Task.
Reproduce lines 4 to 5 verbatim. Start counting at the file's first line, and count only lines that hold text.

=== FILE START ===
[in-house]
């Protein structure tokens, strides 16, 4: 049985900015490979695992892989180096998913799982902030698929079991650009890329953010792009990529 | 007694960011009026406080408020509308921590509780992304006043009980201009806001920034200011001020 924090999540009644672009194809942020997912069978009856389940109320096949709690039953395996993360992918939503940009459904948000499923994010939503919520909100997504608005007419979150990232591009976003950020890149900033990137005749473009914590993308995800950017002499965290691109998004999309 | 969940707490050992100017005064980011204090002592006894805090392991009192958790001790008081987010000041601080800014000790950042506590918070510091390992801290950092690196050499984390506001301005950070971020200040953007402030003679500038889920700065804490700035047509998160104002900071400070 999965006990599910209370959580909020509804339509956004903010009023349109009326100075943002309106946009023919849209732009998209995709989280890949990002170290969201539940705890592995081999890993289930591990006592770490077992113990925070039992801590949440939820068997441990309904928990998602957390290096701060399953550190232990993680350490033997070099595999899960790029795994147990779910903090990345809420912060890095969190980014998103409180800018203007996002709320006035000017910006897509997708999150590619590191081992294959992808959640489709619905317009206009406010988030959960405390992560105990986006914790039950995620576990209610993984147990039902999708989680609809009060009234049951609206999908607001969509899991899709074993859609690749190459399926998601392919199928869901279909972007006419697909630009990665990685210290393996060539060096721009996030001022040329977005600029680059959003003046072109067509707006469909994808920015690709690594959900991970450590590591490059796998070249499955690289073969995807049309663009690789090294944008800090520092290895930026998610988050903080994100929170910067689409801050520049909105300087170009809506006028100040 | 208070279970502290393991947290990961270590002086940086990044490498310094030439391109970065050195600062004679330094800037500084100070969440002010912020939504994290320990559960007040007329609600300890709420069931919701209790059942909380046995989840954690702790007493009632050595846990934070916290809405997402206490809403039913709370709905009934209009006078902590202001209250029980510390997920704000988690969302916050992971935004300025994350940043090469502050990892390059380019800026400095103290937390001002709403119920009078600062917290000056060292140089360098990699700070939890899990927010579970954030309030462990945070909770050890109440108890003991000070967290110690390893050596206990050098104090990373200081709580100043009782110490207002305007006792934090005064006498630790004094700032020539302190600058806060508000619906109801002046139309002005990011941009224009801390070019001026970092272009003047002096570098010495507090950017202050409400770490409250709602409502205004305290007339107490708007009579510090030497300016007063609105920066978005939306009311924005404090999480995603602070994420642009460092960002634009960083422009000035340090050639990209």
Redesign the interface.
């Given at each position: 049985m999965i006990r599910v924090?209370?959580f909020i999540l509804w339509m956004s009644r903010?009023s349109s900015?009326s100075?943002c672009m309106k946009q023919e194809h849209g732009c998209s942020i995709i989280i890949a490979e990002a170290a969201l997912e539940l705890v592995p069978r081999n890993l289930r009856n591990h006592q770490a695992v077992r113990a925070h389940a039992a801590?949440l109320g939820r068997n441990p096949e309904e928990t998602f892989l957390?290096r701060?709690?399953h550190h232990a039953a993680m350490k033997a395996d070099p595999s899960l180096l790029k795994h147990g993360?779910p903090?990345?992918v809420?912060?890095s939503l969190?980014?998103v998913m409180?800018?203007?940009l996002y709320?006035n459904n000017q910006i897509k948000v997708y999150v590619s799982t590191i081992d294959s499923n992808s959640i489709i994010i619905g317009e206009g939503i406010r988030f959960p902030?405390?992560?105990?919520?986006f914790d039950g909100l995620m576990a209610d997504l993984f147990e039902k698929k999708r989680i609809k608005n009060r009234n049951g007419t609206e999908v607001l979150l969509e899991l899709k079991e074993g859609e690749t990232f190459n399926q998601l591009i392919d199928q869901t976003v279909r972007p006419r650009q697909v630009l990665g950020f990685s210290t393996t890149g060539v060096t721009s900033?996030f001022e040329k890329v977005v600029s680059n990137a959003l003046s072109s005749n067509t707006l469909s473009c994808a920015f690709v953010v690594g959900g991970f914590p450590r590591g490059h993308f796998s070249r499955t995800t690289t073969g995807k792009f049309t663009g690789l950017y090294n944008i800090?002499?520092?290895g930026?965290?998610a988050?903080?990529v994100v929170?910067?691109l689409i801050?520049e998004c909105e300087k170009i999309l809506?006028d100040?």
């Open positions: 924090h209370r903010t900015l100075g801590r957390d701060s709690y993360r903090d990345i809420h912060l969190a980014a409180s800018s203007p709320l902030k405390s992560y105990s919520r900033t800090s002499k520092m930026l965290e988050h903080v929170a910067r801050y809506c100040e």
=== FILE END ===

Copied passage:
């Given at each position: 049985m999965i006990r599910v924090?209370?959580f909020i999540l509804w339509m956004s009644r903010?009023s349109s900015?009326s100075?943002c672009m309106k946009q023919e194809h849209g732009c998209s942020i995709i989280i890949a490979e990002a170290a969201l997912e539940l705890v592995p069978r081999n890993l289930r009856n591990h006592q770490a695992v077992r113990a925070h389940a039992a801590?949440l109320g939820r068997n441990p096949e309904e928990t998602f892989l957390?290096r701060?709690?399953h550190h232990a039953a993680m350490k033997a395996d070099p595999s899960l180096l790029k795994h147990g993360?779910p903090?990345?992918v809420?912060?890095s939503l969190?980014?998103v998913m409180?800018?203007?940009l996002y709320?006035n459904n000017q910006i897509k948000v997708y999150v590619s799982t590191i081992d294959s499923n992808s959640i489709i994010i619905g317009e206009g939503i406010r988030f959960p902030?405390?992560?105990?919520?986006f914790d039950g909100l995620m576990a209610d997504l993984f147990e039902k698929k999708r989680i609809k608005n009060r009234n049951g007419t609206e999908v607001l979150l969509e899991l899709k079991e074993g859609e690749t990232f190459n399926q998601l591009i392919d199928q869901t976003v279909r972007p006419r650009q697909v630009l990665g950020f990685s210290t393996t890149g060539v060096t721009s900033?996030f001022e040329k890329v977005v600029s680059n990137a959003l003046s072109s005749n067509t707006l469909s473009c994808a920015f690709v953010v690594g959900g991970f914590p450590r590591g490059h993308f796998s070249r499955t995800t690289t073969g995807k792009f049309t663009g690789l950017y090294n944008i800090?002499?520092?290895g930026?965290?998610a988050?903080?990529v994100v929170?910067?691109l689409i801050?520049e998004c909105e300087k170009i999309l809506?006028d100040?």
């Open positions: 924090h209370r903010t900015l100075g801590r957390d701060s709690y993360r903090d990345i809420h912060l969190a980014a409180s800018s203007p709320l902030k405390s992560y105990s919520r900033t800090s002499k520092m930026l965290e988050h903080v929170a910067r801050y809506c100040e």